In yet another coincidence, “Undefeated” also features the exact same kind of big, neatly kept, carefully maintained suburban homes that Eva inhabits in “We Need to Talk About Kevin," the kind of real-estate status symbols ungenerous critics might call McMansions. But in “Undefeated,” these citadels of middle class security and safety don’t hide the lives of troubled teens. Instead, they’re thrown open to create a space of compassion, trust and community.

Volunteer football coach Bill Courtney — a prosperous businessman who sacrifices his relationship with his own kids to coach the fighting, scrapping, swearing, occasionally incarcerated members of the Tigers — routinely leaves the comfort of his house to alternately comfort and berate his players in their blighted neighborhoods. In the film’s most affecting story line, assistant coach Mike Ray welcomes a gentle giant of a linebacker named O.C. to spend three nights a week at Ray’s well-appointed home so the football player can receive tutoring — and perhaps qualify for a college scholarship. (Unlike “The Blind Side,” which hews to an unfortunately common white-savior story line, “Undefeated” depicts Coach Ray working alongside O.C.’s grandmother and siblings in what is a group effort in urging the young man to succeed.)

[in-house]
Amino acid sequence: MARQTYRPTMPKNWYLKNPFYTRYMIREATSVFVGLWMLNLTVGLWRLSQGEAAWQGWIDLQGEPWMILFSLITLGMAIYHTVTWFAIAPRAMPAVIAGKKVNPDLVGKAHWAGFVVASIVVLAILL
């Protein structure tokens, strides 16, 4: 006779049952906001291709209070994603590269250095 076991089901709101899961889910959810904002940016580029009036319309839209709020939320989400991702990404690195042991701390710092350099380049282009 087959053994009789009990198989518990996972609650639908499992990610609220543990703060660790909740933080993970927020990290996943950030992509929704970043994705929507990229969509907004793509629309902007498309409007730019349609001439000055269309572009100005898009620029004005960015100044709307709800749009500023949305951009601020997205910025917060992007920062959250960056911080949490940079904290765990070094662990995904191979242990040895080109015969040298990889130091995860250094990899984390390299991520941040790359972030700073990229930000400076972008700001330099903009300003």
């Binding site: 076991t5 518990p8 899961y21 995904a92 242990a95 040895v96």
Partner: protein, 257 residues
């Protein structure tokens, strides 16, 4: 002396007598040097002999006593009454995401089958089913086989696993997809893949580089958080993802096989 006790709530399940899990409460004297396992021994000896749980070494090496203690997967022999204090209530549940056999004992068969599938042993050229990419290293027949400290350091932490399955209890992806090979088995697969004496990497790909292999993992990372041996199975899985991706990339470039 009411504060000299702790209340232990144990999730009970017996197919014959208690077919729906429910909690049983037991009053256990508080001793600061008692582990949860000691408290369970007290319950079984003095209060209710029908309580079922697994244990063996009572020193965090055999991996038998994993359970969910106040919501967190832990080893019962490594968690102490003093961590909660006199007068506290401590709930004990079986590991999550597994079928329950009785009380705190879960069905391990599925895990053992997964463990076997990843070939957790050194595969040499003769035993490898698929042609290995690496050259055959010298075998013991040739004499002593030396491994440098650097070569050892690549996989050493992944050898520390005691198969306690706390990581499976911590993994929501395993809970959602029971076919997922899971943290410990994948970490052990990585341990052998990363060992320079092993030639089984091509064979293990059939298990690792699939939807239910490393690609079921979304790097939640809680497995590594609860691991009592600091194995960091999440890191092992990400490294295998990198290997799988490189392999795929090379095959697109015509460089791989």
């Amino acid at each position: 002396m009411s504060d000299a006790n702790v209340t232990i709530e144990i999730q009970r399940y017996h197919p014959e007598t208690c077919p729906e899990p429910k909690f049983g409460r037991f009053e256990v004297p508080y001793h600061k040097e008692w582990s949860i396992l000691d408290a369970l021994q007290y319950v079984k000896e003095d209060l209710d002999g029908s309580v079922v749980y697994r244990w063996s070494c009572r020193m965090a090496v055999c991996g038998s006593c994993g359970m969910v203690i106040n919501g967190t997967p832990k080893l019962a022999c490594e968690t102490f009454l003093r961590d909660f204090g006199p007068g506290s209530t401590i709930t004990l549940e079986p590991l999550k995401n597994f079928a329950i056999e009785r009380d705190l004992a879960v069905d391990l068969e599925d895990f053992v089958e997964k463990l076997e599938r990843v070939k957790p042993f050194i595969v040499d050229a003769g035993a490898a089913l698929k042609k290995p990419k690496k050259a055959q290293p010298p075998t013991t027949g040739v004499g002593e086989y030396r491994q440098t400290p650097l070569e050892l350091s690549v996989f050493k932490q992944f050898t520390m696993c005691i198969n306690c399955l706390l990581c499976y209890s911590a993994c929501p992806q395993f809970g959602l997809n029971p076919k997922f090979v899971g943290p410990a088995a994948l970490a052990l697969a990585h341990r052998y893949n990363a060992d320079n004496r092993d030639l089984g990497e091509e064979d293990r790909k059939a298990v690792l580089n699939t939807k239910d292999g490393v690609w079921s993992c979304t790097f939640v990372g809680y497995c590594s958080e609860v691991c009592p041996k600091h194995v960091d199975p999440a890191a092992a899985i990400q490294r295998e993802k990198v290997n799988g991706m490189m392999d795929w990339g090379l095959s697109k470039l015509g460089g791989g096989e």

We never learn what has become of O.C. — or his fellow protagonists Chavis and Montrail — in the two years since they were filmed for “Undefeated.” Although the filmmakers work hard at leaving viewers on a triumphant note of uplift, there are far too many ways their fragile life victories can be snatched away. Still, the images of connection across race, class and geographic lines in “Undefeated” subvert a raft of conventional notions that have long held sway in America, from the suburbs as tightly defended islands of racial fear and “I’m-all-right-Jack” privilege to the euphemistic use of words like “privacy” and “self-sufficiency” to talk about selfishness and greed.

What’s more, they lay bare the social costs of the vast disparities in wealth that have only widened over the past few decades. And those costs aren’t borne only by the poor, as Eva in her huge empty kitchen attests. In dramatically different but equally eloquent ways, “We Need to Talk About Kevin” and “Undefeated” remind audiences that in a country where every home is a castle, no castle should be a fortress of solitude.